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Powder injection moulding looks to automotive applications for growth and stability
Feature article: PIM International, Vol.1 No. 2 June 2007, pages 14-22, 3327 words
DW Associates, 231 Coalway Road, Wolverhampton, WV3 7NG, United Kingdom
The global powder injection moulding industry is making significant progress in finding new applications in the automotive sector. As Dr. David Whittaker reports, Europe leads the way as far as the automotive industry is concerned, but the rest of the world is looking to enter a sector that offers the prospect of relatively stable high volume orders.
Powder injection moulding technology first appeared as long ago as the 1970’s, first in the production of ceramic components (CIM) followed by the development of metal injection moulding (MIM) around the end of that decade. Initially, the automotive industry featured little, if at all, among application sectors. One of the first market penetrations for MIM was in firearm components and this remains an important application sector. Other important application sectors to emerge have been in fashion goods (particularly in watch cases and wristwatch bracelets), sports and leisure goods, household appliances, telecommunication devices, medical/dental devices, cameras and power tools. However, some of these application sectors are very 'fashion conscious' and so specific product designs/applications can be quite short-lived.
On the other hand, although experience suggests that cost is a primary driver in the automotive industry and therefore price levels for components may not be as attractive as elsewhere, once an application has been developed there is security in the knowledge that it is likely to be for the life time of the particular vehicle platform or engine or other sub-system. Also, mainstream automotive applications offer the high production volume requirements needed for a volume-sensitive technology such as PIM to show a cost advantage. So, the automotive sector has become an increasingly interesting marketplace for PIM parts producers.
There are a number of ceramic injection moulded (CIM) parts in automotive usage and these will be identified in this review. However, the bulk of the PIM automotive usage arises from metal injection moulded (MIM) products.
The subsequent sections in this review will seek to:
• quantify the current worldwide sales of PIM automotive products and examine geographical regional variations in automotive usage
• identify key application types
• consider the important materials used in PIM automotive parts, the property levels achievable and the dimensional tolerance control offered by the technology
• highlight some of the leading suppliers of PIM automotive parts
• identify the prospects for and impediments to be overcome to ensure future growth of business in this market sector.....
Further sections of this article include:
- Geographical segmentation of the current impact of PIM automotive applications
- Key Application Types
- Active suppliers of PIM automotive parts
- Materials, properties and tolerances
- Future prospects
Figures and Tables:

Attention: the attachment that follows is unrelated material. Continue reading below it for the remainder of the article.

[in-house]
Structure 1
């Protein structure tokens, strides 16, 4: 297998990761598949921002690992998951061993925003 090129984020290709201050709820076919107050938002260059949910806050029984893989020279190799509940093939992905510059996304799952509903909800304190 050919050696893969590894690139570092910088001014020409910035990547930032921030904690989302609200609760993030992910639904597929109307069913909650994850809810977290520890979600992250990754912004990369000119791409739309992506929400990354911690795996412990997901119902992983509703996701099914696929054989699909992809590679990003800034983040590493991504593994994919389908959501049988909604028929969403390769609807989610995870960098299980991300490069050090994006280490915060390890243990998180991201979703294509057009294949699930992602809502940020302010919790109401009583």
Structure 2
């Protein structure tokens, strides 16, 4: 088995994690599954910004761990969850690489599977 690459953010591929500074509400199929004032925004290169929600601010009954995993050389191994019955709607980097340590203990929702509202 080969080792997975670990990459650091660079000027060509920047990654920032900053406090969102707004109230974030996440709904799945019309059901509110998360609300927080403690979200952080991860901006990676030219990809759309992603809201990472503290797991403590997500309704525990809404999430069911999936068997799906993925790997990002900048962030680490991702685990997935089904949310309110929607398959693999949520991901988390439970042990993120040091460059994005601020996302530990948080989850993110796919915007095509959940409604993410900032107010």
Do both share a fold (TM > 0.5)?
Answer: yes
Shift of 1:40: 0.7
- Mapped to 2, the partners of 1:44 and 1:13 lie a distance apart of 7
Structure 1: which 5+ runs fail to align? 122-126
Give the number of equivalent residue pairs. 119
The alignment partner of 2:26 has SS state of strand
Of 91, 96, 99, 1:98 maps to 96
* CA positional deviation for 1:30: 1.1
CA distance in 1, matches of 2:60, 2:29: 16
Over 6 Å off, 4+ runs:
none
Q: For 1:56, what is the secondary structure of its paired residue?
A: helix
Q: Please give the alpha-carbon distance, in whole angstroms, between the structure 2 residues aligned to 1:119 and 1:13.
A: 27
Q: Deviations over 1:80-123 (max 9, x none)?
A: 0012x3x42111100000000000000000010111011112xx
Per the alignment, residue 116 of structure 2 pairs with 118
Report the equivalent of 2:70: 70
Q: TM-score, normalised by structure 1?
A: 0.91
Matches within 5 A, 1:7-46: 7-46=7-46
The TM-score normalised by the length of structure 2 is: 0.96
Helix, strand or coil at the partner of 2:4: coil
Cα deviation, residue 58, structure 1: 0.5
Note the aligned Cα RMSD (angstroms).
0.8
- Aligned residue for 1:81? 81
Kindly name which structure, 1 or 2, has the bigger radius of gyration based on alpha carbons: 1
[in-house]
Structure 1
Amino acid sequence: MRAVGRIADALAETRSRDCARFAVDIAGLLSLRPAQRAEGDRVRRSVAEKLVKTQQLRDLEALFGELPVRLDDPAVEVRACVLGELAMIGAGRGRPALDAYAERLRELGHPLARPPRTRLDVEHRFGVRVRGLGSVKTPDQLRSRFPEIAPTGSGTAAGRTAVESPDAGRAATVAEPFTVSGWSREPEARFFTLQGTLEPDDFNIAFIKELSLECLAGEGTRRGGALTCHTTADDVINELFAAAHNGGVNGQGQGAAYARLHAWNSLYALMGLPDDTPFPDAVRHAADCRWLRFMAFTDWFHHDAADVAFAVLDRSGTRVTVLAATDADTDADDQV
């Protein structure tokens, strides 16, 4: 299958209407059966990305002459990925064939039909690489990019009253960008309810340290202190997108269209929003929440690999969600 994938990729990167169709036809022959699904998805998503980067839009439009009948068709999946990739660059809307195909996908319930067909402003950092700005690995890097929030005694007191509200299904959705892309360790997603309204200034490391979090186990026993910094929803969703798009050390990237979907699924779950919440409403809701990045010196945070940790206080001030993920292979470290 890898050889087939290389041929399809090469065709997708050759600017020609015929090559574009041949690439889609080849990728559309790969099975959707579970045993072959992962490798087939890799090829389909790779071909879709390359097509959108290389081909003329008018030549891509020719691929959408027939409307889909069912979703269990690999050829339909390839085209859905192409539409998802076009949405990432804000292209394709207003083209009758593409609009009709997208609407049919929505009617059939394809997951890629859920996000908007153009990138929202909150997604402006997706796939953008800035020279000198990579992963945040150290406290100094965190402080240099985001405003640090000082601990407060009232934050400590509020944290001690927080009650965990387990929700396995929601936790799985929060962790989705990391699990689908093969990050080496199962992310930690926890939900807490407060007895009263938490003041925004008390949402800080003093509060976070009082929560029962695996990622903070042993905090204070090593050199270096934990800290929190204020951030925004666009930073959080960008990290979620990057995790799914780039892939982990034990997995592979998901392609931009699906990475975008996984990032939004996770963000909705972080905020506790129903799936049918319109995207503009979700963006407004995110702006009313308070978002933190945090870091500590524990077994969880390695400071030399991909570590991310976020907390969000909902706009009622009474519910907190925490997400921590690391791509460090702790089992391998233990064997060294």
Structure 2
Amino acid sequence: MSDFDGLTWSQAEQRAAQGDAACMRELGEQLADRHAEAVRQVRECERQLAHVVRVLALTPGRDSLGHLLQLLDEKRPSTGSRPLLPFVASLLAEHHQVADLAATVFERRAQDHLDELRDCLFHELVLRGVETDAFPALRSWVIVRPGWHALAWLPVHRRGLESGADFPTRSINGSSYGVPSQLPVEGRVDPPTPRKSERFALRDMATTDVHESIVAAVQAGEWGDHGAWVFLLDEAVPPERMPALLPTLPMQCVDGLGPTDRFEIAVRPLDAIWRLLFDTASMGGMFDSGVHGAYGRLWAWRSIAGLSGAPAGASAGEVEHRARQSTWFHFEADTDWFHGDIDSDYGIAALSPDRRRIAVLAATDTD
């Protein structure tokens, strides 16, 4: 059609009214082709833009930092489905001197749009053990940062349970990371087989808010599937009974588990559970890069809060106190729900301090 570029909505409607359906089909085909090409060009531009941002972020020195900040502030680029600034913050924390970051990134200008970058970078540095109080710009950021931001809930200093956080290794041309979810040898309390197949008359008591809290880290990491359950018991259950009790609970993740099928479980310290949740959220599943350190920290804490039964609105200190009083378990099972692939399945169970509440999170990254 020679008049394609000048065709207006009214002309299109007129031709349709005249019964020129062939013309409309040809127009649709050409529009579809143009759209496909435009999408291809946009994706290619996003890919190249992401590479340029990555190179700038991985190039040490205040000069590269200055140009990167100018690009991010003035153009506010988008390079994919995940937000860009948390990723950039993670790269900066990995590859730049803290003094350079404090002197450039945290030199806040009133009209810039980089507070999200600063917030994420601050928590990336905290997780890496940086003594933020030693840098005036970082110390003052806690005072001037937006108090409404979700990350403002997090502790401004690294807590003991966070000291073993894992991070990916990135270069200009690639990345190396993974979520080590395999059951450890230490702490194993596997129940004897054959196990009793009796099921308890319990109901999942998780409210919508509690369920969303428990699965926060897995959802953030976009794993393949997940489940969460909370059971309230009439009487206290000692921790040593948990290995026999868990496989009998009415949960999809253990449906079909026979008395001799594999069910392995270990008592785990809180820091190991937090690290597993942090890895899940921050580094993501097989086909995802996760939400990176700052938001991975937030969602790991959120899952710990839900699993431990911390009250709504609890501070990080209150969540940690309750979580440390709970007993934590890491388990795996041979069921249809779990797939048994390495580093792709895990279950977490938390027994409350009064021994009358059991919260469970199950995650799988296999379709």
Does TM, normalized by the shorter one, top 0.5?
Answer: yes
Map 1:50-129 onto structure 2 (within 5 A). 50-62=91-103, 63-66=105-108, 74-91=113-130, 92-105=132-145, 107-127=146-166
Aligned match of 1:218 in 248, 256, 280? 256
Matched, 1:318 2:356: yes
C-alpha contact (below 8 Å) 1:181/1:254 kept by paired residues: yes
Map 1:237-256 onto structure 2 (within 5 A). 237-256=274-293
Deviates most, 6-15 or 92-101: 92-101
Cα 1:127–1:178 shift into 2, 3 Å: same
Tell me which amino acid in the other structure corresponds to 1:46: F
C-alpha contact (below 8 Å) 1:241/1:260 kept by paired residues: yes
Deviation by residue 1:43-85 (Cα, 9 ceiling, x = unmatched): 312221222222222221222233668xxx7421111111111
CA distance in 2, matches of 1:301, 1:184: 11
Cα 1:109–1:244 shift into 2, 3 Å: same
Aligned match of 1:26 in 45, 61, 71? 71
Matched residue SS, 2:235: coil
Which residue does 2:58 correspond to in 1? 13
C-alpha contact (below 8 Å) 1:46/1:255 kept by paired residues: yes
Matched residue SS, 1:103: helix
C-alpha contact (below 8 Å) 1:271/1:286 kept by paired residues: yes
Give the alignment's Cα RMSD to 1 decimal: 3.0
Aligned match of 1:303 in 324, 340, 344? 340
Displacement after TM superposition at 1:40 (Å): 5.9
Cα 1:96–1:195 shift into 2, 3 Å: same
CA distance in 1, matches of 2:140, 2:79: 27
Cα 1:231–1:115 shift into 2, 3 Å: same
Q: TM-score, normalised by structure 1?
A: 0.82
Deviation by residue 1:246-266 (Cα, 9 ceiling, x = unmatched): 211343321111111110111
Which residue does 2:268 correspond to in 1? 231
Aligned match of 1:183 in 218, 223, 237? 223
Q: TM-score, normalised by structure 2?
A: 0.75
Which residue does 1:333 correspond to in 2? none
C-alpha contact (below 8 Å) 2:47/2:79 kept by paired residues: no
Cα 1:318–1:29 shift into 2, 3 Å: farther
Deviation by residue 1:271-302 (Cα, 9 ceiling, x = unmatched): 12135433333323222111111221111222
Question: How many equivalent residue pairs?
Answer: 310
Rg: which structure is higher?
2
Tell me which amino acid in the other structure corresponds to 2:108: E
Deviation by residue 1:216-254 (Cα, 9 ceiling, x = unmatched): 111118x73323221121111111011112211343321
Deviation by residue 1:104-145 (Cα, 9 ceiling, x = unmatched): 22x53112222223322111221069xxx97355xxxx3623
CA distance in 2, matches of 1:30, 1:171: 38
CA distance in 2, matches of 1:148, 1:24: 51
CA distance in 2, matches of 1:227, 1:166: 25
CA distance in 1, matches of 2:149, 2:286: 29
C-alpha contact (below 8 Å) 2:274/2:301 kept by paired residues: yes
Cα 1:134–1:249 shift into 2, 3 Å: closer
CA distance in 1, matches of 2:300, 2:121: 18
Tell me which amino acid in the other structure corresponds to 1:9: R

Fig. 1 Analysis of MIM activity in Asia by application sector
Fig. 2 Application of MIM activity in Japan by market sector
Fig. 3 MIM component production by world region
Fig. 4 MIM activity in Europe by application sector
Fig. 5 MIM activity in North America by application sector
Fig. 6 Analysis of North American MIM activity by MIMA
Fig. 7 Rocker arm component by Schunk Sintermetalltechnik GmbH, Germany
Fig. 8 Rocker arm components by Nippon Piston Ring Co Ltd, Japan
Fig. 9 Piston cooling nozzle produced by GKN Sinter Metals, Germany (Courtesy EPMA)
Fig. 10 Automotive transmission components by GKN Sinter Metals, Germany (Courtesy EPMA)
Fig. 11 Turbocharger components are now a major application area for MIM (as featured in ‘Injecting more mettle into P/M designs’)
Fig. 12 Turbocharger adjustment ring made by Schunk Sintermetalltechnik GmbH, Germany
Fig. 13 Sensor housing cover made by Schunk Sintermetalltechnik GmbH, Germany
Fig. 14 Burner chamber for independent heating systems for cars and trucks, made by GKN Sinter Metals, Germany
Fig. 15 Sliding block for mechanical steering pillar adjustment. Schunk Sintermetalltechnik GmbH, Germany
Fig. 16 Parts for automotive lock systems. Schunk Sintermetalltechnik GmbH, Germany
Fig. 17 Driving bush for seat backrest adjustment, Schunk Sintermetalltechnik GmbH, Germany
Fig. 18 A typical histogram plot of the data currently held in the database for the tensile strength of 17-4PH stainless steel in the as-sintered condition
Table 1 MPIF Standard 35 for Metal Injection Molded Parts currently covers the above range of low alloy steels, stainless steels and soft magnetic alloy grades
Table 2 Typical mechanical properties for the low alloy steels and stainless steels
Table 3 Typical magnetic properties for soft magnetic grades
Table 4 A European industry guide to what tolerances can typically can be achieved with MIM parts in the as-sintered condition
Table 5 An analysis, provided by Nippon Piston Ring, highlights the reasons for the selection of MIM as the preferred manufacturing technology for their VVT system rocker arm components
Table 6 Minimum and maximum product dimensions as quoted by a MIM producer utilising conventional thermal debinding